Harold G Walker

Harold G Walker Solicitors

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Purchasing a Leasehold Property
Laura Molloy

Laura Molloy

Solicitor, Partner, Head of Conveyancing

What needs to be considered when purchasing a leasehold property?

Unlike a freehold property, which means you own the property and the land upon which the property is built on, a leasehold property means a Lease is granted to you by the Landlord to occupy the property for the term granted.

The term of the Lease will continue to reduce and if the length of Lease falls below 80 years, the premium payable to the Landlord for a lease extension is likely to increase. A shorter term will also reduce marketability as most mortgage lenders will not lend on a short Lease.

The Lease sets out rights granted and obligations on both the leaseholder and the Landlord. There are normally restrictions under the Lease, which could include obtaining Landlord consent for alterations to the property. It is important to read the Lease to ensure that it will not affect your intended use of the property.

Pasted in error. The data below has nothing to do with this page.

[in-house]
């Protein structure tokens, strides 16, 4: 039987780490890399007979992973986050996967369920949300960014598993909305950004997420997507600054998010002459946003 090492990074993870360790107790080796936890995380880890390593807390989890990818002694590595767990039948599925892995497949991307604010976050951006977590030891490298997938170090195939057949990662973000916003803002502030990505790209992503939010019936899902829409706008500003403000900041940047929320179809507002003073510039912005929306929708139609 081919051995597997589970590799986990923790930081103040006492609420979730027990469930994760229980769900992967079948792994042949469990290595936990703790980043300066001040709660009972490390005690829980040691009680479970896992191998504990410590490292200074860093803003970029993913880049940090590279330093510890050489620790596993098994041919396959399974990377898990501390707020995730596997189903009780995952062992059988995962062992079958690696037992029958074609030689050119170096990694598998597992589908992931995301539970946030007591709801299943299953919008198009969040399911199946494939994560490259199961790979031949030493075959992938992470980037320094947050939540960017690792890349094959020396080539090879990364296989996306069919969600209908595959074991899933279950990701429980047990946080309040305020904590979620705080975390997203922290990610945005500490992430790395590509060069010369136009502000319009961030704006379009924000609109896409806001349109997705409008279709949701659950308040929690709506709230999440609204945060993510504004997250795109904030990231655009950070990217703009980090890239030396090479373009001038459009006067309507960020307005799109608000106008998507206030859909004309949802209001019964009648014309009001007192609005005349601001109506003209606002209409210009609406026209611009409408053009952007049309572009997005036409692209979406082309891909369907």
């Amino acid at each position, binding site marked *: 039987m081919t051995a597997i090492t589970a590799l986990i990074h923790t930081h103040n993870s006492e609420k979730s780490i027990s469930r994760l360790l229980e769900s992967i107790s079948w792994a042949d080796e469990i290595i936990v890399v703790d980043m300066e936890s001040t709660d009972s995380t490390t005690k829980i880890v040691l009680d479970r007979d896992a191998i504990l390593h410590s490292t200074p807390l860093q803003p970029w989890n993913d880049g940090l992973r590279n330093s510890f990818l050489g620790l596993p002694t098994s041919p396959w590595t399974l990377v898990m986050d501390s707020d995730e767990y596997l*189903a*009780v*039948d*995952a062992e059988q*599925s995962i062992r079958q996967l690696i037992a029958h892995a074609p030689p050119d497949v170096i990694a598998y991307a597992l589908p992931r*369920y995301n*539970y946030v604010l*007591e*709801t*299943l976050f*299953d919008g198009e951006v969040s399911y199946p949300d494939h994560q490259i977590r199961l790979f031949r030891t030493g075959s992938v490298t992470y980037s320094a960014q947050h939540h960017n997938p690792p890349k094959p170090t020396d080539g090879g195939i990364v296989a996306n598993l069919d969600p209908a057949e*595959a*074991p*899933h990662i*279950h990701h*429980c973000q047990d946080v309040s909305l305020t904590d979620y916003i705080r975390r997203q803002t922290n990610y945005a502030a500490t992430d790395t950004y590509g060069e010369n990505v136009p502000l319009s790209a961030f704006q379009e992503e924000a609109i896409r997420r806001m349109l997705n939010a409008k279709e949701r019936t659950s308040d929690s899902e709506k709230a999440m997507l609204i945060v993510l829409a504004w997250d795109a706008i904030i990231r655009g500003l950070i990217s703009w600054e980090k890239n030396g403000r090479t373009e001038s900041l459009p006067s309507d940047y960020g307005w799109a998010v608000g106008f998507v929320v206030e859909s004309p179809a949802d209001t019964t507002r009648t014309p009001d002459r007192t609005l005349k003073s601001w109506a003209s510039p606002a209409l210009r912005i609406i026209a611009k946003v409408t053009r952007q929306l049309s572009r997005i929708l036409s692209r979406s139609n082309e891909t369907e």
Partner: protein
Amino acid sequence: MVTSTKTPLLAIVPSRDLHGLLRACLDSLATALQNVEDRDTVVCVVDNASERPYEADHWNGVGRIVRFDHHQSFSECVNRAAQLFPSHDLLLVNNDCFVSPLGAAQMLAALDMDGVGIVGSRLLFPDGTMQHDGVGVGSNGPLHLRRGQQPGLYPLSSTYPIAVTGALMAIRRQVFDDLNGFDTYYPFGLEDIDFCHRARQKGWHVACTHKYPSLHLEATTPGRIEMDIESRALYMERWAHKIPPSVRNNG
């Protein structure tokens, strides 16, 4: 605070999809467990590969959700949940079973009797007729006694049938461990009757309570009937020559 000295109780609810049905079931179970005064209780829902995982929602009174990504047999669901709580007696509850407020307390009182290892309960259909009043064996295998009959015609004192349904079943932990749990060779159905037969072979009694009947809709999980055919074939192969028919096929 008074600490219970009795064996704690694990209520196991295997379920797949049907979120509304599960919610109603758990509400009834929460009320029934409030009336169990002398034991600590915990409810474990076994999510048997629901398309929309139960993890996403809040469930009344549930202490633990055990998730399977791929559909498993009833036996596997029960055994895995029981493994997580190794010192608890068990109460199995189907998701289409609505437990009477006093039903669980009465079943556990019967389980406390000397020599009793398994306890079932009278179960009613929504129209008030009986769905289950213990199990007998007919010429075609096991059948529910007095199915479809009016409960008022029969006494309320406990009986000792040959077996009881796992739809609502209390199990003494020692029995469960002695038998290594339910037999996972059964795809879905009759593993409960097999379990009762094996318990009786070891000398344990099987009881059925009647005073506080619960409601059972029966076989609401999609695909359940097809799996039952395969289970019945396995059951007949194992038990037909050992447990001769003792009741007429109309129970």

The Landlord is expected to maintain and repair the building structure and communal areas. As a leaseholder, you will be responsible for service charge payments which would normally cover a share of the costs of maintenance, repairs and buildings insurance.  The amount is likely to vary each year depending on the expenses incurred and whether any future expenditure for major works is required.


In addition, ground rent is also likely to be payable. This is often a nominal amount, but is also a requirement of the Lease and must be paid on the due date.

For further information about Purchasing a Leasehold Property please contact the Residential Conveyancing team.